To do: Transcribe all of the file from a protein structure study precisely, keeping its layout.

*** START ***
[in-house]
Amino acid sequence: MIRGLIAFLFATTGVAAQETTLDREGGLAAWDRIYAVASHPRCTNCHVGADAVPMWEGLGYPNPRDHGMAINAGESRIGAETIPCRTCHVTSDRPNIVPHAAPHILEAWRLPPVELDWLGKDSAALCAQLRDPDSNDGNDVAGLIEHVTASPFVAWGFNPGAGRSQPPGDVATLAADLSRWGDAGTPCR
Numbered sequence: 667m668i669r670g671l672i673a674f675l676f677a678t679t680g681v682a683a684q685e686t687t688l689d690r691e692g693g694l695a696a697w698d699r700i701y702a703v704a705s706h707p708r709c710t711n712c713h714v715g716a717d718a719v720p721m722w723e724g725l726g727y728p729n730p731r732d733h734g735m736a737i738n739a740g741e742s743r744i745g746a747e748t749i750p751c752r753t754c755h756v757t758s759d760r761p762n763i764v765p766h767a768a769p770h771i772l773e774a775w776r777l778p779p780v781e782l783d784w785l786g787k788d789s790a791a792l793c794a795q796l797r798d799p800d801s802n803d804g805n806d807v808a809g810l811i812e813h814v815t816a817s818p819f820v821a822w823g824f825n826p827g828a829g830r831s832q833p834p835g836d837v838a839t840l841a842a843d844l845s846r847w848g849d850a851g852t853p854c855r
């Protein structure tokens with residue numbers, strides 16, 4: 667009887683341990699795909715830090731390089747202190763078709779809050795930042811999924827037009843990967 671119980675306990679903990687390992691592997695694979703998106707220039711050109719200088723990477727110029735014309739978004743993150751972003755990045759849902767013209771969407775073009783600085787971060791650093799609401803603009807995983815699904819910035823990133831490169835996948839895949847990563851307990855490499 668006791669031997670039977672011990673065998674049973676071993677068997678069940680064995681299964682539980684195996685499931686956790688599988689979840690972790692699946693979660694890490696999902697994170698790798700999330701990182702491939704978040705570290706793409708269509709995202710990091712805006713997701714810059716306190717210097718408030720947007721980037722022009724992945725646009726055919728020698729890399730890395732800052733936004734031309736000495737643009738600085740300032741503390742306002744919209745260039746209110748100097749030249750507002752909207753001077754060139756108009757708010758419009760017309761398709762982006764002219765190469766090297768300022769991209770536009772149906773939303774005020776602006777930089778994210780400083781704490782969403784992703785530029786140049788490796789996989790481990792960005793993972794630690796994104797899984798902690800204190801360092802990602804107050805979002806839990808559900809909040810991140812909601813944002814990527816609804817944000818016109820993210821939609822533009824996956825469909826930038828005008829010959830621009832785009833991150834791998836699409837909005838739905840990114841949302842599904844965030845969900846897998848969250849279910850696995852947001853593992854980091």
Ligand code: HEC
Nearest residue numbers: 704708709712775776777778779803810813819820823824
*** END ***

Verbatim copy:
[in-house]
Amino acid sequence: MIRGLIAFLFATTGVAAQETTLDREGGLAAWDRIYAVASHPRCTNCHVGADAVPMWEGLGYPNPRDHGMAINAGESRIGAETIPCRTCHVTSDRPNIVPHAAPHILEAWRLPPVELDWLGKDSAALCAQLRDPDSNDGNDVAGLIEHVTASPFVAWGFNPGAGRSQPPGDVATLAADLSRWGDAGTPCR
Numbered sequence: 667m668i669r670g671l672i673a674f675l676f677a678t679t680g681v682a683a684q685e686t687t688l689d690r691e692g693g694l695a696a697w698d699r700i701y702a703v704a705s706h707p708r709c710t711n712c713h714v715g716a717d718a719v720p721m722w723e724g725l726g727y728p729n730p731r732d733h734g735m736a737i738n739a740g741e742s743r744i745g746a747e748t749i750p751c752r753t754c755h756v757t758s759d760r761p762n763i764v765p766h767a768a769p770h771i772l773e774a775w776r777l778p779p780v781e782l783d784w785l786g787k788d789s790a791a792l793c794a795q796l797r798d799p800d801s802n803d804g805n806d807v808a809g810l811i812e813h814v815t816a817s818p819f820v821a822w823g824f825n826p827g828a829g830r831s832q833p834p835g836d837v838a839t840l841a842a843d844l845s846r847w848g849d850a851g852t853p854c855r
């Protein structure tokens with residue numbers, strides 16, 4: 667009887683341990699795909715830090731390089747202190763078709779809050795930042811999924827037009843990967 671119980675306990679903990687390992691592997695694979703998106707220039711050109719200088723990477727110029735014309739978004743993150751972003755990045759849902767013209771969407775073009783600085787971060791650093799609401803603009807995983815699904819910035823990133831490169835996948839895949847990563851307990855490499 668006791669031997670039977672011990673065998674049973676071993677068997678069940680064995681299964682539980684195996685499931686956790688599988689979840690972790692699946693979660694890490696999902697994170698790798700999330701990182702491939704978040705570290706793409708269509709995202710990091712805006713997701714810059716306190717210097718408030720947007721980037722022009724992945725646009726055919728020698729890399730890395732800052733936004734031309736000495737643009738600085740300032741503390742306002744919209745260039746209110748100097749030249750507002752909207753001077754060139756108009757708010758419009760017309761398709762982006764002219765190469766090297768300022769991209770536009772149906773939303774005020776602006777930089778994210780400083781704490782969403784992703785530029786140049788490796789996989790481990792960005793993972794630690796994104797899984798902690800204190801360092802990602804107050805979002806839990808559900809909040810991140812909601813944002814990527816609804817944000818016109820993210821939609822533009824996956825469909826930038828005008829010959830621009832785009833991150834791998836699409837909005838739905840990114841949302842599904844965030845969900846897998848969250849279910850696995852947001853593992854980091």
Ligand code: HEC
Nearest residue numbers: 704708709712775776777778779803810813819820823824